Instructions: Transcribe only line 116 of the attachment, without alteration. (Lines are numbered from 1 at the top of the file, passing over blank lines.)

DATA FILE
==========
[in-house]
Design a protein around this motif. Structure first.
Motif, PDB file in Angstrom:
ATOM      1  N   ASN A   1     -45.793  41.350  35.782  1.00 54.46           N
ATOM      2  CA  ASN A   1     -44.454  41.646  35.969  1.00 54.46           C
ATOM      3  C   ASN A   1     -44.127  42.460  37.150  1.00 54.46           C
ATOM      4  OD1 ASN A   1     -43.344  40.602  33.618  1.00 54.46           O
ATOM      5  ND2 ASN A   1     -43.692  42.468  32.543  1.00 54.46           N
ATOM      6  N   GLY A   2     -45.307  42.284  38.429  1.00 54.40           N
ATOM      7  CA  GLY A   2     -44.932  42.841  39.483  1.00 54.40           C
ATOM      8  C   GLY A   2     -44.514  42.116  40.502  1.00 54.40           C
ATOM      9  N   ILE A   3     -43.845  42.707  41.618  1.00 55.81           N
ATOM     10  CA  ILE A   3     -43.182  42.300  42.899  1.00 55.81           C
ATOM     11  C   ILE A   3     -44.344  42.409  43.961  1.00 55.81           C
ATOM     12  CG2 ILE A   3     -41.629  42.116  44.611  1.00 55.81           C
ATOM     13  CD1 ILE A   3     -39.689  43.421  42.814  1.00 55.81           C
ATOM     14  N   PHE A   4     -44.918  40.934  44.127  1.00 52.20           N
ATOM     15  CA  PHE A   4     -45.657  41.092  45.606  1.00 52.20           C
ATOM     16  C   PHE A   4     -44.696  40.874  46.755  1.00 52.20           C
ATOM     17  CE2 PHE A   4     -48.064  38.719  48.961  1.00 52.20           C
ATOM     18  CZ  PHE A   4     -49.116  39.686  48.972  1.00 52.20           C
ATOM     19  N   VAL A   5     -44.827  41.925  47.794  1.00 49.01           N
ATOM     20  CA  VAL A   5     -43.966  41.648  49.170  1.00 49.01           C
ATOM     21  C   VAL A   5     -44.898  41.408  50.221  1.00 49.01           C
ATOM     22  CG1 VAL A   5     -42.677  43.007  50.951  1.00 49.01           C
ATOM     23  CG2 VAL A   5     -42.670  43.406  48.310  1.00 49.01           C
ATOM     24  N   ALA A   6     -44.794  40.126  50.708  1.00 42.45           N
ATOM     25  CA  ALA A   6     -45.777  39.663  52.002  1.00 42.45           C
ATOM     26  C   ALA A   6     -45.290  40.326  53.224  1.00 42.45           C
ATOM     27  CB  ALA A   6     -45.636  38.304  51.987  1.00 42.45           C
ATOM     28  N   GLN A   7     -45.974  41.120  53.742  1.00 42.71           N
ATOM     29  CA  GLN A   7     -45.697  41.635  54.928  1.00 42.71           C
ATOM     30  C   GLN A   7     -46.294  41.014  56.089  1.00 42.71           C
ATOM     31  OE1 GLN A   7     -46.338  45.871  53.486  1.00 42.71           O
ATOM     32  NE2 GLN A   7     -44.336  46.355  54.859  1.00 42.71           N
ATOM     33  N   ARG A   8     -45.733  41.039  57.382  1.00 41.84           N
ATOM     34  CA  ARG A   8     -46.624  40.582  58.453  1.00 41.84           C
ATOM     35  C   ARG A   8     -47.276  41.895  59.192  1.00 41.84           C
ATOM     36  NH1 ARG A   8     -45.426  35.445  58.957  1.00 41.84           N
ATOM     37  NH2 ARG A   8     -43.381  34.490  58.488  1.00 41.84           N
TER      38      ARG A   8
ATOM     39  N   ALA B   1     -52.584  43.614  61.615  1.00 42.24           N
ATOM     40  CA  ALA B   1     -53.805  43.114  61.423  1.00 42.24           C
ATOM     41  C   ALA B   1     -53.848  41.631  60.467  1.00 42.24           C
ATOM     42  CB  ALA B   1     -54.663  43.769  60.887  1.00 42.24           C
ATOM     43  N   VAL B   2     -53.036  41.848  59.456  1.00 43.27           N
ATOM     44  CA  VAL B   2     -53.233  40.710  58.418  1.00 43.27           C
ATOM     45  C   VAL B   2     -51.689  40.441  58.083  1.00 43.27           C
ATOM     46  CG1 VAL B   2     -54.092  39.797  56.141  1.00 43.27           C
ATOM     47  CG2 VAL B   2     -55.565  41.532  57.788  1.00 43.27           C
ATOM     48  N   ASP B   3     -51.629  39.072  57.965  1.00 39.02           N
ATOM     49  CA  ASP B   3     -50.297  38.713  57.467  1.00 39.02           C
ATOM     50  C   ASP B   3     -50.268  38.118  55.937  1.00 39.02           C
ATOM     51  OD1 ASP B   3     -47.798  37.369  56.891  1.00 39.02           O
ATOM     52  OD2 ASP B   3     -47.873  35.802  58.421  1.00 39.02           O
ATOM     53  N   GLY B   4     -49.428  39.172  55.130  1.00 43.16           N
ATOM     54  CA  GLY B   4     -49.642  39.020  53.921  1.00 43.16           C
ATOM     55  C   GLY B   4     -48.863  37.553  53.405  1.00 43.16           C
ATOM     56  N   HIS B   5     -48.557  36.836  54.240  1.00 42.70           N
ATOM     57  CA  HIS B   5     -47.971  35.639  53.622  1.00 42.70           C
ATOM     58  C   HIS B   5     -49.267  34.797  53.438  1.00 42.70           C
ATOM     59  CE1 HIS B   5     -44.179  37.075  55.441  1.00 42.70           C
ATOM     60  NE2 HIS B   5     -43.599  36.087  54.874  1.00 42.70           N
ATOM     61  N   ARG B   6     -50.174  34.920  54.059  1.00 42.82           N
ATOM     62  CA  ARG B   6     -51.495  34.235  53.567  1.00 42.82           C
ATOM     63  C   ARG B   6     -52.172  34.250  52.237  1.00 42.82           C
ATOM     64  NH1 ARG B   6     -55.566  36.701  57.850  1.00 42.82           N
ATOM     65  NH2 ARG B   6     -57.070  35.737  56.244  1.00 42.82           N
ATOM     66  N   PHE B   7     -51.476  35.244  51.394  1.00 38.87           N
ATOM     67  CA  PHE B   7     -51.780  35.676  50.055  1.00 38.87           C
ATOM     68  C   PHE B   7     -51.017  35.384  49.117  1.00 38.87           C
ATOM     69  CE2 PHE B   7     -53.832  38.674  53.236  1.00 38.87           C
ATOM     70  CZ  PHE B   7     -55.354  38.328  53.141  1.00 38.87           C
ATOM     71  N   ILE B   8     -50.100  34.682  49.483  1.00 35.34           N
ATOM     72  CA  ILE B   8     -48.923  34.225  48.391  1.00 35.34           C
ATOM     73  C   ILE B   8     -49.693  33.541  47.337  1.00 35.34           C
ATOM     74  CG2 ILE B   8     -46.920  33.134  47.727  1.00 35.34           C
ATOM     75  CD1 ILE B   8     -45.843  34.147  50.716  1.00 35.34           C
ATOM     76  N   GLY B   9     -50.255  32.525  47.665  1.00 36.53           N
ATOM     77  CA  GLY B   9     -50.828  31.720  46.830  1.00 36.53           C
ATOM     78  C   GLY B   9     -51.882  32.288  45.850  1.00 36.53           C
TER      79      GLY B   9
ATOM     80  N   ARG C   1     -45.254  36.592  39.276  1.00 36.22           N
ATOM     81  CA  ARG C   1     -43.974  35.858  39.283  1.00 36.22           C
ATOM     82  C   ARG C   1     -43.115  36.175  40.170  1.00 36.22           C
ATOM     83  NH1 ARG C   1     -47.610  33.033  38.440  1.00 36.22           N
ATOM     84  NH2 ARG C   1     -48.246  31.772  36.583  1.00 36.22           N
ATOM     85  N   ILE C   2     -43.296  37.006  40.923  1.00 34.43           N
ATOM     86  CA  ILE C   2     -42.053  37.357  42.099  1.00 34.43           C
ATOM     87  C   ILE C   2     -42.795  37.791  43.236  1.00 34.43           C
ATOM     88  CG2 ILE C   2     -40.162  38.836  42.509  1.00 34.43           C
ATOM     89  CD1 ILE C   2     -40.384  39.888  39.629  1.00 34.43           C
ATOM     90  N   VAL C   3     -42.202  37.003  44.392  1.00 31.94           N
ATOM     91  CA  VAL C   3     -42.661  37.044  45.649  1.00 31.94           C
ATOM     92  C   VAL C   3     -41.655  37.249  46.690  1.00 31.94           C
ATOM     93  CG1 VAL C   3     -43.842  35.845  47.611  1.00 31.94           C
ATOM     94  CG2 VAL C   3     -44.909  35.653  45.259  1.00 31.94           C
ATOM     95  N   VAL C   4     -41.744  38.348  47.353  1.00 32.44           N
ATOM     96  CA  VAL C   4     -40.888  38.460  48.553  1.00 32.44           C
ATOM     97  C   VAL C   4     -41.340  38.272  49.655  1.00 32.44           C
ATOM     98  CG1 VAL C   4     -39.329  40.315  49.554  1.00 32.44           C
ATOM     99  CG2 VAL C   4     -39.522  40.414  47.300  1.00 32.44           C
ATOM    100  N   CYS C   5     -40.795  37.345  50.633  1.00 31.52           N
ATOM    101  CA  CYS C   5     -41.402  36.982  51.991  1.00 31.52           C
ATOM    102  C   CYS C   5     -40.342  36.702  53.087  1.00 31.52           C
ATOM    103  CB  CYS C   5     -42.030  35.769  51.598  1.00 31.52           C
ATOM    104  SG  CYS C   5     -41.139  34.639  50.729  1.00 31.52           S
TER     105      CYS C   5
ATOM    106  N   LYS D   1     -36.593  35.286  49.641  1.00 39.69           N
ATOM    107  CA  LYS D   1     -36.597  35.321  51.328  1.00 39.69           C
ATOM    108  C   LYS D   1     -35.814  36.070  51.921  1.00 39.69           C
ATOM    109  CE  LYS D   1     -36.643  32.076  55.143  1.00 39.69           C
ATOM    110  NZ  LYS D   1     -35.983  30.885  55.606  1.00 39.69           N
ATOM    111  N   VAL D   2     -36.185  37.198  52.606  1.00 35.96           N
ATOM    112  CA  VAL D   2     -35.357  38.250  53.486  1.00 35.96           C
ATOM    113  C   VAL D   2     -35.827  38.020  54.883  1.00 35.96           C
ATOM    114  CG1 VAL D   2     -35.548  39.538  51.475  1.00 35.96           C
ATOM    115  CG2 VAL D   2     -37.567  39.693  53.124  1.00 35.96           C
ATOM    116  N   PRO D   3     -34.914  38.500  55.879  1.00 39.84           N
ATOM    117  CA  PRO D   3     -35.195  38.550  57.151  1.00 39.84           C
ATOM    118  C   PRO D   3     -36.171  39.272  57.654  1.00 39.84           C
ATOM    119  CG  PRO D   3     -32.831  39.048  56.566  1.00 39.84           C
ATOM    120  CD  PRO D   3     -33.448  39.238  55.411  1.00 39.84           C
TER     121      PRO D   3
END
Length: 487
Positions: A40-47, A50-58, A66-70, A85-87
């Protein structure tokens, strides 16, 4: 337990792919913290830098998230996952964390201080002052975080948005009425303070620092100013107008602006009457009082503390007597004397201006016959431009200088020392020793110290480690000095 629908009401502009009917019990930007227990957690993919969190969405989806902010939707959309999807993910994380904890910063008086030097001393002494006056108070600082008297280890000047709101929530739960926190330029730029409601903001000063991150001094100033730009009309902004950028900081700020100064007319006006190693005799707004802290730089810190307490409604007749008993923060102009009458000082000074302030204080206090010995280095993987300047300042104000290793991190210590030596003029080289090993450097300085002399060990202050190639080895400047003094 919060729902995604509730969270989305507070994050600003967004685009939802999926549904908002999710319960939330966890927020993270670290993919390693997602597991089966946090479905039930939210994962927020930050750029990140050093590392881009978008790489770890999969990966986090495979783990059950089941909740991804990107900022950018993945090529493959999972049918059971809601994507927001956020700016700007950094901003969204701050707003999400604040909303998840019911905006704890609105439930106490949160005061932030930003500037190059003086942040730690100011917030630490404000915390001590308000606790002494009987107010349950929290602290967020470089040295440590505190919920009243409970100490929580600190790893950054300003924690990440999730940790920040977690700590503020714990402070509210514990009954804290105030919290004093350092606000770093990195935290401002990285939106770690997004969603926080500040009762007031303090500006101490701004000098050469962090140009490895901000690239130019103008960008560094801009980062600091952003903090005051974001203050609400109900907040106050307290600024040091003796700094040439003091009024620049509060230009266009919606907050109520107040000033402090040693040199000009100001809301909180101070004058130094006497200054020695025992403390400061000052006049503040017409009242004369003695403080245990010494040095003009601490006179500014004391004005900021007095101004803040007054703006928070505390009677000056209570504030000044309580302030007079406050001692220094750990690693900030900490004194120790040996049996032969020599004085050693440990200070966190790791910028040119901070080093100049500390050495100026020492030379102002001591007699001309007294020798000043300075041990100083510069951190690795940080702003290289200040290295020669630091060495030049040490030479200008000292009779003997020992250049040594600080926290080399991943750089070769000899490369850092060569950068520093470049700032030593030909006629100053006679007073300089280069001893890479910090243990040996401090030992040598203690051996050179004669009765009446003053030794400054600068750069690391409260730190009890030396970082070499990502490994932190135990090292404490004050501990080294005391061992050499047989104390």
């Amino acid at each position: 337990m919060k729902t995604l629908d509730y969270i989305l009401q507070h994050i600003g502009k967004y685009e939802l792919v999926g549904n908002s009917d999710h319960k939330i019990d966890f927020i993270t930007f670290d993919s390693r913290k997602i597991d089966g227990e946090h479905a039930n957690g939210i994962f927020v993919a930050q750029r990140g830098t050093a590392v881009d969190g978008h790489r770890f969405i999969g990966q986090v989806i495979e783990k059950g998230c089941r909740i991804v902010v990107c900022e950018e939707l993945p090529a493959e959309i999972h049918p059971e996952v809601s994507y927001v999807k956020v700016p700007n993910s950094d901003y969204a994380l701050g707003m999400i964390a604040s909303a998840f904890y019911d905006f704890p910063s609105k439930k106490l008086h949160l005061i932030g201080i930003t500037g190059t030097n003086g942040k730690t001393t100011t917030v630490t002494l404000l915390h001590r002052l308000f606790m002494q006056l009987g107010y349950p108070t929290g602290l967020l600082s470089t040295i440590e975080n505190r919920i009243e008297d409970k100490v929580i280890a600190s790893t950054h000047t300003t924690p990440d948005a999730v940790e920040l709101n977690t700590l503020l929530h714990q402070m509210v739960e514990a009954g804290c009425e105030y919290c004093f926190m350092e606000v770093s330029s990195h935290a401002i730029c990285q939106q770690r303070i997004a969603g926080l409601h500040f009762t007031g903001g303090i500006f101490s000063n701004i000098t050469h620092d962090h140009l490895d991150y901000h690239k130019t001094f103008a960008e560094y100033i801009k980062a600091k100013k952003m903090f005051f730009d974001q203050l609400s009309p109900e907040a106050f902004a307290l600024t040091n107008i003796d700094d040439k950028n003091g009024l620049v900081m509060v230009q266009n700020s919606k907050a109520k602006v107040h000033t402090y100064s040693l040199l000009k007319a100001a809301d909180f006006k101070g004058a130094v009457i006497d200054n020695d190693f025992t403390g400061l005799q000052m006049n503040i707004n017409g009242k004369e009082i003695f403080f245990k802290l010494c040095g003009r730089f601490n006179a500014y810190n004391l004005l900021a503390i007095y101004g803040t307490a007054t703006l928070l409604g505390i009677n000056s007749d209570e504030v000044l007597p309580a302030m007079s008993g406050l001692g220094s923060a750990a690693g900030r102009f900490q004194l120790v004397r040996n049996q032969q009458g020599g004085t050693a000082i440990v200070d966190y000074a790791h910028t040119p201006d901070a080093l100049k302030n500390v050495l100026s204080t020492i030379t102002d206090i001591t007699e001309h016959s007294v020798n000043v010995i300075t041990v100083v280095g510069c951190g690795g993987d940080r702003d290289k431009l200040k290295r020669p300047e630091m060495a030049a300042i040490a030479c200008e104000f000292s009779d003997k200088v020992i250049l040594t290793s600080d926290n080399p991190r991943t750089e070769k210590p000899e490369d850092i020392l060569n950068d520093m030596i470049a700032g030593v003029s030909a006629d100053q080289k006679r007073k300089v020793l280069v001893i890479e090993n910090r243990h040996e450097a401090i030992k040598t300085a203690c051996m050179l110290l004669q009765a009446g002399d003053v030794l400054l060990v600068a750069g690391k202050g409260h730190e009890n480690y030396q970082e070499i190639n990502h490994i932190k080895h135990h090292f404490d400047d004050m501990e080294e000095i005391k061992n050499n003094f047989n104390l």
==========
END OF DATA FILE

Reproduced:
ATOM    113  C   VAL D   2     -35.827  38.020  54.883  1.00 35.96           C